“Do you think we should move in together?” the words feel foreign now that they’ve left my mouth. I can’t possibly be old enough to live with a guy. But what other choice do we have? James’ job is in Rhode Island and it’s this or long distance and at 22 years old, I don’t see the point.
My 22nd year was the blind one, the one in which I saw nothing, not because it wasn’t there, but because I was always looking down.
The day we moved into the first floor of a white house on a long street, I drove in a U-Haul and smiled the whole way. It was June and it was warm and there was so much potential. James met us in the driveway with a pickup full of ugly furniture and that feeling I was anticipating – that one of excitement and newness – was nowhere to be found. He busied himself with couches and chairs, a mattress, a dresser, a desk and one table. I placed forks and knives in the only drawer in our kitchen, stacked bowls next to plates and plates next to cups. After everyone left, I cried in the shower because what have I done? We’re not ready for this. I’m not ready for this.
On the first day of fall, I tried to be hopeful. The first day of winter, I felt more lost than before. By spring, I was happy, but for all the wrong reasons. By summer, I was ready, one foot out the door.
In July, I moved home for four months, and I slept by myself and I asked for help from a God I don’t name. I was sad all the time and I blamed everyone else. It was a selfish year – that 23rd year, and I refused to consider the impact it made. He never blamed me though, he simply understood.
In November, I came down to Providence to visit him and the house felt empty, unloved, and forgotten. Is that what I had done to James, too? I looked at him, as he cut out gingerbread men with a gingerbread shaped cookie cutter and I felt like an asshole. We didn’t say much about it, but I moved back in that week. I lost my job a few months later, lost my mind right after that. I tried not to feel sorry for myself, but it felt like the only thing to do.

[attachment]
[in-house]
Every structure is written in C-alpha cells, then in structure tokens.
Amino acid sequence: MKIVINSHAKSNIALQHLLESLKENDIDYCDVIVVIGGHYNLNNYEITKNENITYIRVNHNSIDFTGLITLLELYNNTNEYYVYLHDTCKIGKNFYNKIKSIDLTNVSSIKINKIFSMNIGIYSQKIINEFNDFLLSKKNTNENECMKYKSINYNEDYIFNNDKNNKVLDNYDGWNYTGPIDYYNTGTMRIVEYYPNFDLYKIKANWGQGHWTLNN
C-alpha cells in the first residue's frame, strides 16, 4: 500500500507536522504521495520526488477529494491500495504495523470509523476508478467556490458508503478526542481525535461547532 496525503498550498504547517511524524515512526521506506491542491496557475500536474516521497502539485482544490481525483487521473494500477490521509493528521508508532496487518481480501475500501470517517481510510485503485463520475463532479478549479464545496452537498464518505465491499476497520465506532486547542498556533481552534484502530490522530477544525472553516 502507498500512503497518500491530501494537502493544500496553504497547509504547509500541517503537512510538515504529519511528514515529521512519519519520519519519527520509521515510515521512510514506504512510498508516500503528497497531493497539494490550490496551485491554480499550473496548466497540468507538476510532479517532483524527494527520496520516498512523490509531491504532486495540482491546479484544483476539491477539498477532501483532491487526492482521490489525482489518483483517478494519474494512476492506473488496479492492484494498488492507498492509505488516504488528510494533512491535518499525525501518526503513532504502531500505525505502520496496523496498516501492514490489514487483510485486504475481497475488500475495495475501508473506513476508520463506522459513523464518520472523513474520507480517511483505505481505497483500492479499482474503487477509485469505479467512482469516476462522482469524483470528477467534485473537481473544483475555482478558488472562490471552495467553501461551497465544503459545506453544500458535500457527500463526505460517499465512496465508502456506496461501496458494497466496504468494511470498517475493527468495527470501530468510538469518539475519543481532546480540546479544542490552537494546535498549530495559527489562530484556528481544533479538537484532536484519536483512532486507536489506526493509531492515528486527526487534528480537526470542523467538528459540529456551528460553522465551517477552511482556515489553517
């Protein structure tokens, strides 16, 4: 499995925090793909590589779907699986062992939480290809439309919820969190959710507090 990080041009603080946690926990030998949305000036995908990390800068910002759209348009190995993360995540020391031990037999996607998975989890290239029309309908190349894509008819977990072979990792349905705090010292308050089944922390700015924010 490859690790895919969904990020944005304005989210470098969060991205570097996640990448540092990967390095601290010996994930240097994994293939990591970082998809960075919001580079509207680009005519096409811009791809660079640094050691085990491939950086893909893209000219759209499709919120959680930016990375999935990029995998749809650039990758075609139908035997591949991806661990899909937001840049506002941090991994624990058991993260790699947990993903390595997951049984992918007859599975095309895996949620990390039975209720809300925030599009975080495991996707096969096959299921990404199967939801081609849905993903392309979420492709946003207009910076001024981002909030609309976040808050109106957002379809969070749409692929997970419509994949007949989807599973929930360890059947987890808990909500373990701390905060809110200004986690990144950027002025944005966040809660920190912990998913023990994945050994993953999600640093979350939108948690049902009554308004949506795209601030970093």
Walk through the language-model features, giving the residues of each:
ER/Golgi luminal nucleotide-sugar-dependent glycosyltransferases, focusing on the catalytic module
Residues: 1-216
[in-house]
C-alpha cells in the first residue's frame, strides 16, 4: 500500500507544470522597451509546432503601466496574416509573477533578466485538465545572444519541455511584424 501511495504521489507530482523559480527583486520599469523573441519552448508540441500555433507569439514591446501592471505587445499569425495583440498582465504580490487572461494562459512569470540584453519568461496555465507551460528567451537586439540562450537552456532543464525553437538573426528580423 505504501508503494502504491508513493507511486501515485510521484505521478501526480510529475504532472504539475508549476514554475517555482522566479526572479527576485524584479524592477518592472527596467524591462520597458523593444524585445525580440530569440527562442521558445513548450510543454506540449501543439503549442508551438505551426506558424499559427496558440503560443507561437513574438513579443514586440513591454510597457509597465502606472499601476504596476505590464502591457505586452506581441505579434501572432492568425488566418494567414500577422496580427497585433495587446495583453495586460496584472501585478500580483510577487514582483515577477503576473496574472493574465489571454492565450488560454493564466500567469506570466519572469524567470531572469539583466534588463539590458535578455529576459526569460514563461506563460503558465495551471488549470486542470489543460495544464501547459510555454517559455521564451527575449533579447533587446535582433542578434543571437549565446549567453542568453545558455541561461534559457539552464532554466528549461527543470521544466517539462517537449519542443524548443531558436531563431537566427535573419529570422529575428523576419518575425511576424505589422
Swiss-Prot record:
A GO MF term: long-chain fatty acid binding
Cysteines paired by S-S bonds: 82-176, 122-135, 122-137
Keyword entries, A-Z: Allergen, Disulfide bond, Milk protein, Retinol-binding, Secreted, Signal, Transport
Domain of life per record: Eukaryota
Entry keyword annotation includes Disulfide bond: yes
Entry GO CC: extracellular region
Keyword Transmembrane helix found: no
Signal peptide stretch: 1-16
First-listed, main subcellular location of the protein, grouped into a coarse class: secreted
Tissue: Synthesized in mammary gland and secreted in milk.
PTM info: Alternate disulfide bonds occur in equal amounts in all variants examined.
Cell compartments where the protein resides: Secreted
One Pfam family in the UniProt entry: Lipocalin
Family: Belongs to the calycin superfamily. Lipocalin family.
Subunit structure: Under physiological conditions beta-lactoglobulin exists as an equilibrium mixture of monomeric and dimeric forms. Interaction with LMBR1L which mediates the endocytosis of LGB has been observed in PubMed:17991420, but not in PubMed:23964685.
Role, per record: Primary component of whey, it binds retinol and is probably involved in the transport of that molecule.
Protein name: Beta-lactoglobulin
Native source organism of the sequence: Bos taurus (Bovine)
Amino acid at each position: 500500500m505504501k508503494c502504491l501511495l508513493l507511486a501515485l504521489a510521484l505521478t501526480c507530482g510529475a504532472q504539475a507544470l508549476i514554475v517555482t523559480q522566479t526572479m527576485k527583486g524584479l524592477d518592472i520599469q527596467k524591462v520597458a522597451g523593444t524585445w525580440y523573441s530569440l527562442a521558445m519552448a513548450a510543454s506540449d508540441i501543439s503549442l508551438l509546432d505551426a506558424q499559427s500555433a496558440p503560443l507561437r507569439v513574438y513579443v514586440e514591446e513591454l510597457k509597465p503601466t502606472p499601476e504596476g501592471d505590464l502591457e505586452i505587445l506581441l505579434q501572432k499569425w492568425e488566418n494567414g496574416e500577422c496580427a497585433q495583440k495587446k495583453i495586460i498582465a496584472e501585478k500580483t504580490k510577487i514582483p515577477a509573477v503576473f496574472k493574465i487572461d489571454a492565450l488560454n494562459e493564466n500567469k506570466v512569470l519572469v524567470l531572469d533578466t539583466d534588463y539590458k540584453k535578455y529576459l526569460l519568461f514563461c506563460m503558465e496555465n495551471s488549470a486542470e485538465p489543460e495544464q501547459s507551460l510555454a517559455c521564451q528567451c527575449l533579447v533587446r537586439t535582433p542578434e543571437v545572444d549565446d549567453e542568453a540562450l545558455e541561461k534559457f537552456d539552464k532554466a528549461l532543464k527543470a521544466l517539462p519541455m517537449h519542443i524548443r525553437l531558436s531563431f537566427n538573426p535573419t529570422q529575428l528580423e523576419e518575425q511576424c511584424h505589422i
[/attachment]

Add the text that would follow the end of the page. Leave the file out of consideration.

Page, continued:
My 24th year was a forgiving one, in which I learned to forgive myself and forgive James for not being exactly what I dreamed up, and thanking him for being so much more than that. I forgave him for working odd hours and leaving me alone all the time. I forgave myself for being young and confused. It was a year where I felt firm in my beliefs, where I voiced my opinions, where I picked myself back up. It was the year we sat cross-legged on the bed and drew our dreams on yellow lined paper and nodded our head and decided that yes, we are different, and no, we aren’t perfect, but look at all of these things that we want, look at your dreams: they look the same as mine.
To be continued…